But I usually don't.
On Sunday, when we were at the little, old country churchyard, we spent quite a bit of time reading the epitaphs on the tombstones. Incredibly, most of them have been well looked after - only a few lay crumbled or broken. Some had old wrought-iron gates around them. Why, I wonder? I've always wondered what the purpose was in doing that.
We thought it interesting how God-fearing the messages on the headstones are - such a different generation to the one we are living in. But some of them made us laugh out loud! Actually, we roared with laughter over this one. Who wanted it put there, I wonder? The deceased, or the ones left behind? Could be an interesting story in that! Perhaps a tale of a life well-spent, or a life ill-spent.
I rather liked this one.
This one breaks my heart though.
There were so many of these - young children, young adults. What a perilous time it must have been - before good hygiene and antibiotics were common. What heartbreak for the families. It makes you feel that it's a miracle anyone survived!
Some of the other verses were:
"Blessed are the pure in heart"
"So Loved, So Mourned"
"Safe in the arms of Jesus" (for a child)
"With Christ which is far better" (for two young siblings who died within 8 years of each other).
"Speak Lord, for thy servant heareth"
"The day thou gavest Lord, is ended"
"Christ has gathered to His own,
to the place where He has gone,
where their hearts and treasures lie,
where their lives are hid on high." (Rather nice I thought).
"Had He asked us well we know we should cry,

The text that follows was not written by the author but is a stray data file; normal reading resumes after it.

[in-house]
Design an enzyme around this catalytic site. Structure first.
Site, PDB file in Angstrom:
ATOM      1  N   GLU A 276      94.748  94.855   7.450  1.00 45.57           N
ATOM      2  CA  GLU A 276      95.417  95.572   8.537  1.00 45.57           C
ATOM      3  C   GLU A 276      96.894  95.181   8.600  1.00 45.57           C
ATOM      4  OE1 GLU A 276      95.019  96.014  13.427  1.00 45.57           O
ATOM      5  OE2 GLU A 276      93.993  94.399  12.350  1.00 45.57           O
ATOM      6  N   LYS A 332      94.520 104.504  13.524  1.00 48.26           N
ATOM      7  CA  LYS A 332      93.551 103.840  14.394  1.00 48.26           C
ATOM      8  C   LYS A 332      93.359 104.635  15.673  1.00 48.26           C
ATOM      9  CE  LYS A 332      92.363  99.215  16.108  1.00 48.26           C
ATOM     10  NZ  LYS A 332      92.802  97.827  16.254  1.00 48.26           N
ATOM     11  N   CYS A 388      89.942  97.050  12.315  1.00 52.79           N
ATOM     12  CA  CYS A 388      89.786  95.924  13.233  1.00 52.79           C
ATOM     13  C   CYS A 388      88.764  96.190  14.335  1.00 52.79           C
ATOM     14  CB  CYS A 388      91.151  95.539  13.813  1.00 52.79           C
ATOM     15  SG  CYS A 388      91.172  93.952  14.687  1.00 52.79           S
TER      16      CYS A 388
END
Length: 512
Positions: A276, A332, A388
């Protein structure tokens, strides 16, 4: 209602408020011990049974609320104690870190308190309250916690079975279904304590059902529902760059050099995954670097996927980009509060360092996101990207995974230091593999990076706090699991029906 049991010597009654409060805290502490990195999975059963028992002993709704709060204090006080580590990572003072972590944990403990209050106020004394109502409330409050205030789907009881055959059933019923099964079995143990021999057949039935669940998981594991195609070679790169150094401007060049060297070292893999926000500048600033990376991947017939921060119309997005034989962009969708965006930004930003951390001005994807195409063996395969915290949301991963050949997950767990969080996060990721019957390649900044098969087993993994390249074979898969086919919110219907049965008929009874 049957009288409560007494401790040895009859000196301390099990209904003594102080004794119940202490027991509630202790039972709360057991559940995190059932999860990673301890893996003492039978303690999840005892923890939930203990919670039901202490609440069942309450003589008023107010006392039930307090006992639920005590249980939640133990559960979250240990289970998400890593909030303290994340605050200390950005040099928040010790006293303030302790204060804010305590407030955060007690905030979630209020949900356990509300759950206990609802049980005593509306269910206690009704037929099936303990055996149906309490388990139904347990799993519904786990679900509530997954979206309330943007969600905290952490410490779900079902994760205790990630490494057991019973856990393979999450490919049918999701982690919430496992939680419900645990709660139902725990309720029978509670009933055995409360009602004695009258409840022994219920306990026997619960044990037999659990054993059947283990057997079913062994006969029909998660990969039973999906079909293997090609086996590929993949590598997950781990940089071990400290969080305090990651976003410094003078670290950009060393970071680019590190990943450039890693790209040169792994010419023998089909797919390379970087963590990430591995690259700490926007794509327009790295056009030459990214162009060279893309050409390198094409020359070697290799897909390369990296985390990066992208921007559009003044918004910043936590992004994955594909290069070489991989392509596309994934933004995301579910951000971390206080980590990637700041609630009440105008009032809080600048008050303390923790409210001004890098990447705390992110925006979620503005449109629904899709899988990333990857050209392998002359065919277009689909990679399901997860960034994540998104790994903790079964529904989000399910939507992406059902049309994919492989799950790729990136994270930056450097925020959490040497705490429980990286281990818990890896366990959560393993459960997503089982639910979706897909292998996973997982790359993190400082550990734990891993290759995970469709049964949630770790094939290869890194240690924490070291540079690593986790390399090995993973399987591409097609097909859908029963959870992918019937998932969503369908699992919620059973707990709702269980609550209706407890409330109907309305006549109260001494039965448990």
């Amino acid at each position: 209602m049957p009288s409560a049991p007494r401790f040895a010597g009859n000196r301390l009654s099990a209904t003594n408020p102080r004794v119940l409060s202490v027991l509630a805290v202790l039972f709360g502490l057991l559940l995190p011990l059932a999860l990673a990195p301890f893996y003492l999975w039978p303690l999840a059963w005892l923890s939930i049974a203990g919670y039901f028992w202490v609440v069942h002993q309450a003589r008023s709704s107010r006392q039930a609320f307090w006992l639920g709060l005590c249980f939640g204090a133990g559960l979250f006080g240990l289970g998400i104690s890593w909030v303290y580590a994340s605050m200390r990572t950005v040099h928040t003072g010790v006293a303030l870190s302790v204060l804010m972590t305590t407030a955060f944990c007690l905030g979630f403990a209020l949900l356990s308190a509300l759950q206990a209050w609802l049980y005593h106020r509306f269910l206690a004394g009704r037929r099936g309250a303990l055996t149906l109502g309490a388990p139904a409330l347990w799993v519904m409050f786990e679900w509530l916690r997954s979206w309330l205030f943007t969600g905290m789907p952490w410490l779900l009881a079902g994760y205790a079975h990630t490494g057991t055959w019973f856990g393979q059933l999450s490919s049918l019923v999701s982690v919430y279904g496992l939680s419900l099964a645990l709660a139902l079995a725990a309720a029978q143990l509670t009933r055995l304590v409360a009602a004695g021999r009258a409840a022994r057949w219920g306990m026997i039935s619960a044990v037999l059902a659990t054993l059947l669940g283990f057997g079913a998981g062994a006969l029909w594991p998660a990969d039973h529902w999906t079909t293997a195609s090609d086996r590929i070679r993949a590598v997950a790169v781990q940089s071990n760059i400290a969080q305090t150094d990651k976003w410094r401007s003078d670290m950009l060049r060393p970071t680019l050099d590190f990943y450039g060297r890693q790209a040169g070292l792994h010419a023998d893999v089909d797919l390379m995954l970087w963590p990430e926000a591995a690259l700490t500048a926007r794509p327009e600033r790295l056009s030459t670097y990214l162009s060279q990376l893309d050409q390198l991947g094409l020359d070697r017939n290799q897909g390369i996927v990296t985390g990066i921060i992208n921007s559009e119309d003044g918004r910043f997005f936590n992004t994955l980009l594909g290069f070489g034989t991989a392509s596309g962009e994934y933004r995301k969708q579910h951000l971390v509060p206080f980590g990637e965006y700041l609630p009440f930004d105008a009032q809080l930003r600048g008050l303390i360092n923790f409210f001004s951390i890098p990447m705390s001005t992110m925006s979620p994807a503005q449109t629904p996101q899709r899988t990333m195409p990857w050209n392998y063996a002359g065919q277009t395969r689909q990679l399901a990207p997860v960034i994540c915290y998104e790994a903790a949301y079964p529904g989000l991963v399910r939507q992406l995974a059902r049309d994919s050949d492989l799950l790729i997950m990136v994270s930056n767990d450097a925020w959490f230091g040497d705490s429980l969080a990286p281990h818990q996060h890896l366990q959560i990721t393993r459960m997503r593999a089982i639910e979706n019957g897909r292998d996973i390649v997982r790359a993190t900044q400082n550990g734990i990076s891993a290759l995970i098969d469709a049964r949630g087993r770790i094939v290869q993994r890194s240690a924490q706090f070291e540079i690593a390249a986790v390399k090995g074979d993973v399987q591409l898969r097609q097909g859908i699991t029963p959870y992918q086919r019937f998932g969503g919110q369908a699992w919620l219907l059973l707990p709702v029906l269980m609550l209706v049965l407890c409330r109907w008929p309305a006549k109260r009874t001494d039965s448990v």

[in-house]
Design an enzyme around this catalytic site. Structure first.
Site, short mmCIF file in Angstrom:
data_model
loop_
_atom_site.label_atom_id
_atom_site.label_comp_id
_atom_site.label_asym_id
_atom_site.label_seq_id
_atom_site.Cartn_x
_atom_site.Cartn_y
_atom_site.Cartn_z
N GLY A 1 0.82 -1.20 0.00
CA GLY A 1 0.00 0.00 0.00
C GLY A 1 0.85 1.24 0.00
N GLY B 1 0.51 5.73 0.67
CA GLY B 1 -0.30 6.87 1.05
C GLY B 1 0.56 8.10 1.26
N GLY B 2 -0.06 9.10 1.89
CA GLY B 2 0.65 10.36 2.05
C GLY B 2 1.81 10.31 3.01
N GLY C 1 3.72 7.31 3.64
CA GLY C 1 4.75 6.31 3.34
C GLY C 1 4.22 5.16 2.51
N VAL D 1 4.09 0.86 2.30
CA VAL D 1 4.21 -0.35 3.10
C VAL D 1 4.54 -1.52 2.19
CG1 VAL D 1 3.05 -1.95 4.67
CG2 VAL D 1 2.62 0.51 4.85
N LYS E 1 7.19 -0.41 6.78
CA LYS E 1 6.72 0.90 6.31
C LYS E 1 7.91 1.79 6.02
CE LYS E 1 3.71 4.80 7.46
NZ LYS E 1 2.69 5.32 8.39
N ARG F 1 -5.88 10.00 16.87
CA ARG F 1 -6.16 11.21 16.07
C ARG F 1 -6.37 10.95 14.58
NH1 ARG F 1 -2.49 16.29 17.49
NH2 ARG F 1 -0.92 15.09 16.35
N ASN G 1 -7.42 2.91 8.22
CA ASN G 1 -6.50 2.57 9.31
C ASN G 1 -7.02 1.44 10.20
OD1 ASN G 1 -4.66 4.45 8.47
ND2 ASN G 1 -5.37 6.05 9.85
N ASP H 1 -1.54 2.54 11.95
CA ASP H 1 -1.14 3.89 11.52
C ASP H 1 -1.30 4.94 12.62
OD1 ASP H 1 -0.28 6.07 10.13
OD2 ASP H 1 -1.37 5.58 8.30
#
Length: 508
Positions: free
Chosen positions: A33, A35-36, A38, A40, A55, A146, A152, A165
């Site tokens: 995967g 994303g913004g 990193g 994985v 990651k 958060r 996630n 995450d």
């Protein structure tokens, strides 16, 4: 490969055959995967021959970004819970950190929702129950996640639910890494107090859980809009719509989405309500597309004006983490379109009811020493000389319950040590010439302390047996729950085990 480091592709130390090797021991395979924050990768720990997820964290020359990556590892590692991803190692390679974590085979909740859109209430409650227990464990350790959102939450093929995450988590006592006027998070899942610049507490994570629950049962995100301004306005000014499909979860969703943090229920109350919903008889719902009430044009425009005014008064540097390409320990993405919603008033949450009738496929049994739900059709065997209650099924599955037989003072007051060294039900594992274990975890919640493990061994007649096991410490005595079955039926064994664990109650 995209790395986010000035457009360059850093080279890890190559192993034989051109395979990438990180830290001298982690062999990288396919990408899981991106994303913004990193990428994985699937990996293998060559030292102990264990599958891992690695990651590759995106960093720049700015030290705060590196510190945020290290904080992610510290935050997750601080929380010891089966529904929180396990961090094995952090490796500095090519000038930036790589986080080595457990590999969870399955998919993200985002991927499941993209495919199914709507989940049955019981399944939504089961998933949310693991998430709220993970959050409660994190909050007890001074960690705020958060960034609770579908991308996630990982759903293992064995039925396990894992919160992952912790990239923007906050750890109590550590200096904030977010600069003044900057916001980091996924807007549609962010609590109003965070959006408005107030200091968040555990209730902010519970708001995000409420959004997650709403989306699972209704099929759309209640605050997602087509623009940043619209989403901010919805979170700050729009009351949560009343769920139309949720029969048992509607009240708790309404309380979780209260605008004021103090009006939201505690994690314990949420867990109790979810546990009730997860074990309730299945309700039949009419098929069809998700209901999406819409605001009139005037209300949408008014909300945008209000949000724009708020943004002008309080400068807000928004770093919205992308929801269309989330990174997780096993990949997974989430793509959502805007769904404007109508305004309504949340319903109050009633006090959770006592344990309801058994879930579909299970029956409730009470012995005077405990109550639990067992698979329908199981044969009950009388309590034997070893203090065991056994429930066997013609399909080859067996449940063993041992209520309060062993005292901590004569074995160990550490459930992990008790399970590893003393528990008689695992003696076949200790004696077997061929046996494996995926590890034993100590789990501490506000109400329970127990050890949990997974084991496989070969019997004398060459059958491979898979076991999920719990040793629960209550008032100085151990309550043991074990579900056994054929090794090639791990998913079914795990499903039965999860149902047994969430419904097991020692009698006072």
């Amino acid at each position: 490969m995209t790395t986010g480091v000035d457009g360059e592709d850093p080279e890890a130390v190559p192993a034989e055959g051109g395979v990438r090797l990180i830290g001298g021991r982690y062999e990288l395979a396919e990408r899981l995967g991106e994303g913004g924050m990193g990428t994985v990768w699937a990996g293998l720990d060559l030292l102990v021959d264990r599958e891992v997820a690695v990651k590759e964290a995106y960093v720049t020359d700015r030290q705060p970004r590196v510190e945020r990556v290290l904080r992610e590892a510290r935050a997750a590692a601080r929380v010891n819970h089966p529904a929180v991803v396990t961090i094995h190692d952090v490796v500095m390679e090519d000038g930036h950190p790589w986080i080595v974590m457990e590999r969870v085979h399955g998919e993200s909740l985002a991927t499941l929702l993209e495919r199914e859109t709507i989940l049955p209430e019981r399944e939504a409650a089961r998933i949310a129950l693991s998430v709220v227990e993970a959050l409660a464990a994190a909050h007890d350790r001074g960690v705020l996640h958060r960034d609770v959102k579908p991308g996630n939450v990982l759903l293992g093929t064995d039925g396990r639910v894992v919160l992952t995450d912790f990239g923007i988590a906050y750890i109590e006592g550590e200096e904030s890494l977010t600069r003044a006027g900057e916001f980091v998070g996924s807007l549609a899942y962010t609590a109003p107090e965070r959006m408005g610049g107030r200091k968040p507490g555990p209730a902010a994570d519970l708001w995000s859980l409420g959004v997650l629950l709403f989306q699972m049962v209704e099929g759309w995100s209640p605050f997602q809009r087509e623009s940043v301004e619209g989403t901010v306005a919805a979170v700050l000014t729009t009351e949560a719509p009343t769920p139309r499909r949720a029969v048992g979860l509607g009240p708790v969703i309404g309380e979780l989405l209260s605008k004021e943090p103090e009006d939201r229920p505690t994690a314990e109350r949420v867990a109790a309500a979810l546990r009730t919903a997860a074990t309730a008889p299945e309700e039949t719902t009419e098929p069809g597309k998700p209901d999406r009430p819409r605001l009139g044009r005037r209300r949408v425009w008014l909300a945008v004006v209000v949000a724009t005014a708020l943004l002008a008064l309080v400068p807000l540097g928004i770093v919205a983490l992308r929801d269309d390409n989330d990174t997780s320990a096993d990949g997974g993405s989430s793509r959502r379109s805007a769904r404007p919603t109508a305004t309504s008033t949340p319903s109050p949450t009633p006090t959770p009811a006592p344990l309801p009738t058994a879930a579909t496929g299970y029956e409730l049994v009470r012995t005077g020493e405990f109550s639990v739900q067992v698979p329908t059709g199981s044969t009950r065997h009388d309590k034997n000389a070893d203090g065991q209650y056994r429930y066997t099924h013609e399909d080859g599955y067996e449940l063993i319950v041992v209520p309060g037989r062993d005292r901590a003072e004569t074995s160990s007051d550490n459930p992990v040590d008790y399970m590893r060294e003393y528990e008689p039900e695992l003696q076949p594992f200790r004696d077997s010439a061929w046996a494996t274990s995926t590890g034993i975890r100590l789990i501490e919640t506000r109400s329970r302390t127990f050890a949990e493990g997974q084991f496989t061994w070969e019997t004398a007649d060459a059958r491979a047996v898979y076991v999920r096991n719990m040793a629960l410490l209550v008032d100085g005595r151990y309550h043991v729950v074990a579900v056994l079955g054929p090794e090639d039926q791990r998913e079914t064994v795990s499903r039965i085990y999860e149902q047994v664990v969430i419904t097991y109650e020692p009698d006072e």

O spare this blow, yes with streaming tears,
Should pray, Lord we love her, let her stay." (Quite sad).
Now that I've thoroughly depressed you, I will leave you with two more. One I thought was rather sweet, and one that gives hope.
First - what a blessed woman this lady was - look at how she has been loved - but so young to die, too.
And this final epitaph on a headstone:
"In sure and certain hope of a resurrection to eternal life."
Yes, I like graveyards. I like how they make me think. I like how they make me appreciate and value life. I like how they link me to the past. I like imagining who the people were, and what they were like and what sort of lives they lived. But they are sad places too, and now I promise that I will not write any more blog posts on graveyards. Except that there is the whole burial/cremation argument that my husband and I periodically have. He is from a family who cremates. I am from a family who bury. I prefer burial. I'm even sure it's biblical (that's what I tell him, anyway)! I will mortgage my house several times over to prevent any of my immediate family being cremated. I will contest the will, if I have to. Haha! But I promised, didn't I.
No more posts on that subject.
At least, not for awhile.